19 March 2020

Harmony Day is celebrated annually on March 21st in Australia and has been since 1999.

Harmony day coincides with the United Nations International Day for the Elimination of Racial Discrimination. The day has expanded to a week - Harmony Week, to recognise the diversity and inclusion activities that take place during the week at schools and workplaces.

The ongoing theme of Harmony Day is ‘everyone belongs’. Harmony Day is a day of cultural respect for all. By participating in Harmony Day and Week activities, we can learn and understand how all Australians equally belong to this nation and enrich it.

Australia is one of the most multicultural countries in the world – from the oldest continuous culture of our First Australians to the 49% of Australians who were born overseas or have a parent who was.

Our cultural diversity is a great strength and brings with it a whole host of traditions, religions, languages and of course, food! It helps us to do things in different ways, reduces discrimination and lets us accept difference.

Some great ways to celebrate Harmony Day and Week 2020 include:

Sharing a Meal* – have people at your workplace, school or in your community come together and share a traditional dish.

Community Events* - There’s lots happening around Harmony Week, check some of them out here.

Share your story – sharing stories is a powerful tool and can be done in a range of ways. Think about writing your story down, making a video, speaking at work or school, or sharing with just your friends. It can be super powerful to hear other people’s stories. Realising that somebody else has felt the same way or made the same mistake helps you feel less alone.

Watch this short video to hear from Roxy on how she found the strength to share her story.

Watch/Read/Listen! - Hearing or seeing your native (or second) language can be really comforting. If you don’t have people around you that speak the language you are missing, try out community radios! SBS Radio has programs in 68 languages.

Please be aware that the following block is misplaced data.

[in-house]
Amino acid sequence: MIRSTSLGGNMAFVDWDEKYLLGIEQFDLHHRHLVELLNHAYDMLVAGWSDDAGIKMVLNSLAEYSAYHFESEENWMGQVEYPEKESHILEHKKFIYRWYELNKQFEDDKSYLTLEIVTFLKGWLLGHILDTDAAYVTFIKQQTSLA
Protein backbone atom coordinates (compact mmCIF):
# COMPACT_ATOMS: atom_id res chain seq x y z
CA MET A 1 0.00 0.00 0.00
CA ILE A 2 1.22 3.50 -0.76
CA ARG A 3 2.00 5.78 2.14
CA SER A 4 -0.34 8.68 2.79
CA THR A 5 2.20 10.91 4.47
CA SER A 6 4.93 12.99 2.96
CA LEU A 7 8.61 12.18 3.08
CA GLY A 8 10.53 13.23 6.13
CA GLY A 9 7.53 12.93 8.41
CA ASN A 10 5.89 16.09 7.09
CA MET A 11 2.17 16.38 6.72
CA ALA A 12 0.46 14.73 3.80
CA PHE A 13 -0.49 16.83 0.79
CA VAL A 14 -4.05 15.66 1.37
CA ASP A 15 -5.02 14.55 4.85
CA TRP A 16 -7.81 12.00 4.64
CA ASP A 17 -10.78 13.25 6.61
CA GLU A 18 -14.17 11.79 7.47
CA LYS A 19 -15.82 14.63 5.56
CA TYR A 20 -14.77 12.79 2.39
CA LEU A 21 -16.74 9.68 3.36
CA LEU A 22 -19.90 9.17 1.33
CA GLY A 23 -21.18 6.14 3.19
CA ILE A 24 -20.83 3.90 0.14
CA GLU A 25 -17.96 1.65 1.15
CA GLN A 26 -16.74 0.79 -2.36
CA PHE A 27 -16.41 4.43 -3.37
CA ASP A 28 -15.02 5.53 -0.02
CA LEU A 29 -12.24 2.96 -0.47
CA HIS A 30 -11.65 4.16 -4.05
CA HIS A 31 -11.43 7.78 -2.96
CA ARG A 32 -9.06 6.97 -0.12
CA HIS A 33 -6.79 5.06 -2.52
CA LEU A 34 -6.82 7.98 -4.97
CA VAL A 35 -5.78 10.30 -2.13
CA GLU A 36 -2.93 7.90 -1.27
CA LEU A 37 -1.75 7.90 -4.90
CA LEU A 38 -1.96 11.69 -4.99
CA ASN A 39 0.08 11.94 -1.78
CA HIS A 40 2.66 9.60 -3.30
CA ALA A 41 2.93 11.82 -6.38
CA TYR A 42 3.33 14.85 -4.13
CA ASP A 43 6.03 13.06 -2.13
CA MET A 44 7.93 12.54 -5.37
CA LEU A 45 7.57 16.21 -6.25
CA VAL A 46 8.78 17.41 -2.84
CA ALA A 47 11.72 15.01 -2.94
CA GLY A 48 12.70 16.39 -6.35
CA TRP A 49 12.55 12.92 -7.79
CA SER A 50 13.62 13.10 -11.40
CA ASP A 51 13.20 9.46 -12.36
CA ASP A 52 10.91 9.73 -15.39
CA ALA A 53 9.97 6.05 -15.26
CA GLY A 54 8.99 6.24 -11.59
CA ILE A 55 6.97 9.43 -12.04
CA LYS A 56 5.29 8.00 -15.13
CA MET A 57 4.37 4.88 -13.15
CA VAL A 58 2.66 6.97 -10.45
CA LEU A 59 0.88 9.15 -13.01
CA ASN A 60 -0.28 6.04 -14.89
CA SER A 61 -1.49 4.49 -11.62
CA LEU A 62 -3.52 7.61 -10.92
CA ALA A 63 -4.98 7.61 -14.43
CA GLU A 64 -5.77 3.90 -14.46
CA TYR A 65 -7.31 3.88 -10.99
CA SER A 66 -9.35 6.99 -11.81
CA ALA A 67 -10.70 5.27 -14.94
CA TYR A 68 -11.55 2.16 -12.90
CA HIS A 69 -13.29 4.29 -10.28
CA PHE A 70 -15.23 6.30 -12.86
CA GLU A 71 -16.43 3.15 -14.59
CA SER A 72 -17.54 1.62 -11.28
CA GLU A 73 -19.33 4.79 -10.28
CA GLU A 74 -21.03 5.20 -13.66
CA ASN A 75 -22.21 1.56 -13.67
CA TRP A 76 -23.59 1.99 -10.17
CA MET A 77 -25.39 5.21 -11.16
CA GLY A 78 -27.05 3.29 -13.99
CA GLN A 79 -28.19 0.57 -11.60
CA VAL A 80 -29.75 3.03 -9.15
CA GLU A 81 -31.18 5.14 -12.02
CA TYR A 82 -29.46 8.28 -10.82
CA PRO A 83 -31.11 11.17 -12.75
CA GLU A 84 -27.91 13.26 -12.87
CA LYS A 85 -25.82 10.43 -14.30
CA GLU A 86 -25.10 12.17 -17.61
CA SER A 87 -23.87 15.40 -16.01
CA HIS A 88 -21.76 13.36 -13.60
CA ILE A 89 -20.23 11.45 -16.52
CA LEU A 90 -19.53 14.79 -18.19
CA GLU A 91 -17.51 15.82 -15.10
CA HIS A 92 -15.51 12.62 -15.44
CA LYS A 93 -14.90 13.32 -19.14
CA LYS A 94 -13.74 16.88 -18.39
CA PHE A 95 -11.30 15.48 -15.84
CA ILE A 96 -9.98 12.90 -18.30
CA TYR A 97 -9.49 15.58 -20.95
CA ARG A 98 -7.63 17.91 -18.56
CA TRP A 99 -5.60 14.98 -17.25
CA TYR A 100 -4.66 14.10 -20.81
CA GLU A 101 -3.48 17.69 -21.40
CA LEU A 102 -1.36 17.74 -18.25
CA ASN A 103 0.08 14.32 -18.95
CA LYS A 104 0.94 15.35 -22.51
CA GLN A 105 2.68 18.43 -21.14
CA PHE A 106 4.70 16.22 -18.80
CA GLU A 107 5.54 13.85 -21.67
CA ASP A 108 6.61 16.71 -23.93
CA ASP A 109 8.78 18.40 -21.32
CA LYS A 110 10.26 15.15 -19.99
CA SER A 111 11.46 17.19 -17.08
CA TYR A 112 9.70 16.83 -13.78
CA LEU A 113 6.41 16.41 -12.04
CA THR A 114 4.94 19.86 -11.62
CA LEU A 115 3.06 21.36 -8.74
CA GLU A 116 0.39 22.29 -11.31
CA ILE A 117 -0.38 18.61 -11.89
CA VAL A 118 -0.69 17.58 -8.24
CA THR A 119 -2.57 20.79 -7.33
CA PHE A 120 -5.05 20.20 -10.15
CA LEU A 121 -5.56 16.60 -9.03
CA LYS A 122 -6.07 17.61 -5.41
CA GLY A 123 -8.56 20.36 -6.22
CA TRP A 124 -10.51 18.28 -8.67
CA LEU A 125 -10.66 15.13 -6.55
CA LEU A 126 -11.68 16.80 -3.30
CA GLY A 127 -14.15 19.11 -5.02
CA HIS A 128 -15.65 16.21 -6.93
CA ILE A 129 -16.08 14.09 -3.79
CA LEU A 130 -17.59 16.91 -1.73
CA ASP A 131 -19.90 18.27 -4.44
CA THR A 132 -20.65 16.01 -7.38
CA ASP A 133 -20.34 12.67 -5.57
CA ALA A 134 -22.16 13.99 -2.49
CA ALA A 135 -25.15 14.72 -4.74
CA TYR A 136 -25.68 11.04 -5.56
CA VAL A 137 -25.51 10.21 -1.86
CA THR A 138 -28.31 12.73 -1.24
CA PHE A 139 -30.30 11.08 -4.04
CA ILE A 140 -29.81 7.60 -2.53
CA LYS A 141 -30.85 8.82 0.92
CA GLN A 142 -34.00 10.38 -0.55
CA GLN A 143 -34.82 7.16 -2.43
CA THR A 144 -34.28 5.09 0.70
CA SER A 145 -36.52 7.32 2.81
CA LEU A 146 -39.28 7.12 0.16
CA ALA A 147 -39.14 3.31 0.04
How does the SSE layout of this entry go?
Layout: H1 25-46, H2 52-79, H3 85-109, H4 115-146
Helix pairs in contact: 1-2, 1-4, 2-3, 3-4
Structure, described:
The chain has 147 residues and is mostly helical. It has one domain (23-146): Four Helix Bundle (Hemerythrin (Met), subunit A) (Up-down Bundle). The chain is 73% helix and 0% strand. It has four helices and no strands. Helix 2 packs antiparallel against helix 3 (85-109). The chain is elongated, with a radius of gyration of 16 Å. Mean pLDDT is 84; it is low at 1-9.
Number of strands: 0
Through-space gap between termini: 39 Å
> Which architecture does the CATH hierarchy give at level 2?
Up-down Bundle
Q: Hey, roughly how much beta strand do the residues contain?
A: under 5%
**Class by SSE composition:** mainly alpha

Reconnect with the people you miss – at this time it is hard to connect with people in your own city, due to social distancing, and you may not know when you will next see your overseas loved ones. Luckily, technology is at your fingertips. Start taking advantage of FaceTime, Skype, video and voice messaging.

Reconnect with country - For Aboriginal and Torres Strait Islander people, Harmony Week is a great opportunity to reconnect to country. If spending time on country is unfamiliar, you could ask an Auntie, Uncle, Elder, or friend to welcome you onto their land and learn about traditions and practice.

Feeling a sense of belonging is important for wellbeing. Taking the time to connect with and share your culture helps with deeper connections.

Why orange?

You may also notice that people wear orange during Harmony Week - traditionally, orange signifies social communication, meaningful conversations, freedom of ideas and encouragement of mutual respect. You can choose to wear orange during Harmony Week to show your support for cultural diversity and an inclusive Australia.

Feeling a sense of belonging is important for wellbeing. Taking the time to connect with and share your culture helps with deeper connections.

*If you are planning an event with a large gathering, you may wish to visit the Department of Health website for latest information relating to COVID-19.

[Image via Reach Out]

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